“It began to feel like an obsession,” he explains. “She could have a depressive mood and suicidal thoughts, and that was manageable because you could help her through that.
“But her obsessions, you just couldn’t do anything about them.”
Callie’s heartbroken mum, Sarah Lewis, added: “Without those forums, I think my daughter would have really struggled to find the information that she was looking for about how to die.”
The website labels itself as a “pro-choice” forum — and says it provides a “safe space” for people to talk about suicide — but Callie’s friend Jan branded it “very damaging”.
In one of her first posts, Callie said: “I’m glad I’ve found this site as it feels near impossible to discuss suicide openly.”
I worked on tonight's Panorama, and tried to track down the owners of the website, but they have gone to extraordinary lengths to keep their identities a secret — despite insisting they are doing nothing wrong in championing freedom of speech in their forum.
They refused to let us interview them on camera, used aliases and would only communicate via an encrypted messaging system.
In a text message exchange, the owners of the site told me: “We offer a space to discuss the topic of suicide without censorship.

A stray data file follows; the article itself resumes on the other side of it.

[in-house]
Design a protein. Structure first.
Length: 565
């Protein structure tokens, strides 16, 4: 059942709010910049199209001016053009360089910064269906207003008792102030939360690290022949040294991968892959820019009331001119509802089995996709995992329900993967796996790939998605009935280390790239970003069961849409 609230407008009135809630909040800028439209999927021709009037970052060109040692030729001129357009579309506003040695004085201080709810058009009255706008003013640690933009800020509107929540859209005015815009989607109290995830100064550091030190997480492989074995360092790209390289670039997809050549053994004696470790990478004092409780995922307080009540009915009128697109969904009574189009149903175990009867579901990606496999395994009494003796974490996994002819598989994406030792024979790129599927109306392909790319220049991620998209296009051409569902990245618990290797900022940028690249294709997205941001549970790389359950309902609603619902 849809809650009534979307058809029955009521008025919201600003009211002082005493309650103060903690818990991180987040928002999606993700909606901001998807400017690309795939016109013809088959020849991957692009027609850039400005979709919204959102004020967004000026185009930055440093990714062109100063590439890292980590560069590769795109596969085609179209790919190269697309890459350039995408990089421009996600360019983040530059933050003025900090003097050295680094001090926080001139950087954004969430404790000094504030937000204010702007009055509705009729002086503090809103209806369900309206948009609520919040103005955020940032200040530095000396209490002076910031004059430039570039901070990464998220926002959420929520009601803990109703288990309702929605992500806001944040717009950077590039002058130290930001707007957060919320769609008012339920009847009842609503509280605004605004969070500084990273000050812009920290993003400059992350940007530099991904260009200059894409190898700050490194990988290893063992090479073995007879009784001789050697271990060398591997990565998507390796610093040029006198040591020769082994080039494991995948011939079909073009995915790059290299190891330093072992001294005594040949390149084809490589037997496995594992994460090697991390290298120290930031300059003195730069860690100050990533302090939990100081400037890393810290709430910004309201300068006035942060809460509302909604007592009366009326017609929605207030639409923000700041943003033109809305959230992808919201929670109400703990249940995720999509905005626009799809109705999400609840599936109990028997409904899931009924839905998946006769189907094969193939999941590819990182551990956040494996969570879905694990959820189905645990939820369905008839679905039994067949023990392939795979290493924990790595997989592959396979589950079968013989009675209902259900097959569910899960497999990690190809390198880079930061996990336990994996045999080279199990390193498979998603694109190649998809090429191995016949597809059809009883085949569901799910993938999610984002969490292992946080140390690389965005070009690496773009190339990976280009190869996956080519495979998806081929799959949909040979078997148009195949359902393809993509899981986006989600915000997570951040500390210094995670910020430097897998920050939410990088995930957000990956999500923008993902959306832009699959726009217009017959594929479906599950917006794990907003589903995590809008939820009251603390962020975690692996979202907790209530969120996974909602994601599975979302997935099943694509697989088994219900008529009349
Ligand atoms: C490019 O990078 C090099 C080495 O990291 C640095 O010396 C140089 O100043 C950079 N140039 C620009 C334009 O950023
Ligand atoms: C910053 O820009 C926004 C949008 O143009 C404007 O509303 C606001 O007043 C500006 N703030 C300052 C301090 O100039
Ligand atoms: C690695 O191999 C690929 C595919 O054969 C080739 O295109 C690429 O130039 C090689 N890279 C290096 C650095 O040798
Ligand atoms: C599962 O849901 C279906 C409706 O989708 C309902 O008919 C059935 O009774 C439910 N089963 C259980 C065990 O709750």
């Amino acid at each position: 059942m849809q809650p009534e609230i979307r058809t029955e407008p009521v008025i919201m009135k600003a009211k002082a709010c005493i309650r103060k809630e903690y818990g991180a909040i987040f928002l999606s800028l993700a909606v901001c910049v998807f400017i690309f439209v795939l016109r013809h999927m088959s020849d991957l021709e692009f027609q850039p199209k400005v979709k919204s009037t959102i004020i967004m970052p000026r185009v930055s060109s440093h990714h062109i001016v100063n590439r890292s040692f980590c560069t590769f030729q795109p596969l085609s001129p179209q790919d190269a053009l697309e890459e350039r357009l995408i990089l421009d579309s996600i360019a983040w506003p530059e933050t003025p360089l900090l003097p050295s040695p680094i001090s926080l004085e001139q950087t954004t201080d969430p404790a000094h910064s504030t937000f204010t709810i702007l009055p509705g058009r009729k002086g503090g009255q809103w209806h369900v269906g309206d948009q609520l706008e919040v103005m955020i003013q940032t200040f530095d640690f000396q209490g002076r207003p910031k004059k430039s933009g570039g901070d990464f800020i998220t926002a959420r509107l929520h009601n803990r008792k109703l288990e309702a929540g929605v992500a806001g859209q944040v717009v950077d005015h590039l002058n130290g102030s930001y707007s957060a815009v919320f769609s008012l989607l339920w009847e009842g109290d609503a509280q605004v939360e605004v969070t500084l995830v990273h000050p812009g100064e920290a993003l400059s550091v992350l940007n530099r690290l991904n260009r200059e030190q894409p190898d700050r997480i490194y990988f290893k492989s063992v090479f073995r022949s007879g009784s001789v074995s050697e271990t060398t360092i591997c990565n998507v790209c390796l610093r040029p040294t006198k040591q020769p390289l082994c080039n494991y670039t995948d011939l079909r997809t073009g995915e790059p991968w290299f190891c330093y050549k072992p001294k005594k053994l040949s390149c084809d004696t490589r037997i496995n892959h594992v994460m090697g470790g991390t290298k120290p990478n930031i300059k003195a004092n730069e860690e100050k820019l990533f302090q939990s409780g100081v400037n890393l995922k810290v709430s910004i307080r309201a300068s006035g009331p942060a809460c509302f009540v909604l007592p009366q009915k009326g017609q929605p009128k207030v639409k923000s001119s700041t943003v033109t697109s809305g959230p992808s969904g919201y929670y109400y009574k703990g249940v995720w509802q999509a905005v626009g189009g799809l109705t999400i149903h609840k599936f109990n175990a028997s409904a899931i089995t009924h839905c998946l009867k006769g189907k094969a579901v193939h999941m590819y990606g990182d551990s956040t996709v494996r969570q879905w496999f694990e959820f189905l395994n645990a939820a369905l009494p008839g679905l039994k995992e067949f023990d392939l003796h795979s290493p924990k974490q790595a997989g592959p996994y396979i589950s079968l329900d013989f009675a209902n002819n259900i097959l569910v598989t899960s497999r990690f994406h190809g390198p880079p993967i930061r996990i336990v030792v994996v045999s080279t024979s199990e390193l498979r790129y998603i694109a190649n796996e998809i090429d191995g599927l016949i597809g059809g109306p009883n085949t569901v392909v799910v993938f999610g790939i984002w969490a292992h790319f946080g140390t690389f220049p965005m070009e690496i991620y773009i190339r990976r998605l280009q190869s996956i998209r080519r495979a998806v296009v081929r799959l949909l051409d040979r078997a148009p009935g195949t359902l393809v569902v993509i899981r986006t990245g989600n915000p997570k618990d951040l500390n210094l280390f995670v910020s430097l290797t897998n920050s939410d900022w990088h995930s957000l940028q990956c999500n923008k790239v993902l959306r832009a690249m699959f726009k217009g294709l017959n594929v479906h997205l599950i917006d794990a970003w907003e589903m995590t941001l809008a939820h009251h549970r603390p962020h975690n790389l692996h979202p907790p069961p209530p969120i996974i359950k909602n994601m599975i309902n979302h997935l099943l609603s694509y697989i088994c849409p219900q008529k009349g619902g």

“Our community and website does not encourage suicide. That is strictly against the rules.”
When grilled on the danger of giving detailed methodology to suicidal people, they added: “Information is power… What you do with it is your responsibility.”
Before finding the suicide forum, Callie had attempted several times to kill herself. Sarah was so concerned she called police and asked them to intervene.
Police visited Callie at a friend’s house, and despite finding a noose and noticing bruise marks on her neck, they were unable to detain her as she was on private property.
The officers left her and she was told to attend an appointment with the Mental Health Crisis team the following day.
Callie turned to the suicide forum for help, asking: “Any advice for the crisis team? I’m seeing them in two hours.”
One user advised her: “You’ll have to play along and pretend that it was just a passing cloud and that you’re ‘getting better’.”
Taking the advice on board, Callie was released — and her family were once again left in a frantic bid to find the young woman and get her the professional help she so desperately needed.
After further pleas from Sarah, Callie was eventually sectioned by police in Dover for her own safety — but had to spend an entire night in their car due to a lack of available mental health beds in Canterbury, Kent.
You’ll have to play along and pretend that it was just a passing cloud and that you’re ‘getting better'
The following day she had an appointment at St Martin’s Hospital, part of Kent and Medway NHS Trust, and was again released as she denied any immediate intention to kill herself.
Callie’s care was then taken over by the local Community Mental Health Team in Dover, and things went disastrously wrong — causing her to slip through the cracks in the system.
A duty care coordinator was assigned to Callie’s case and attempted to call her three times — but received no answer.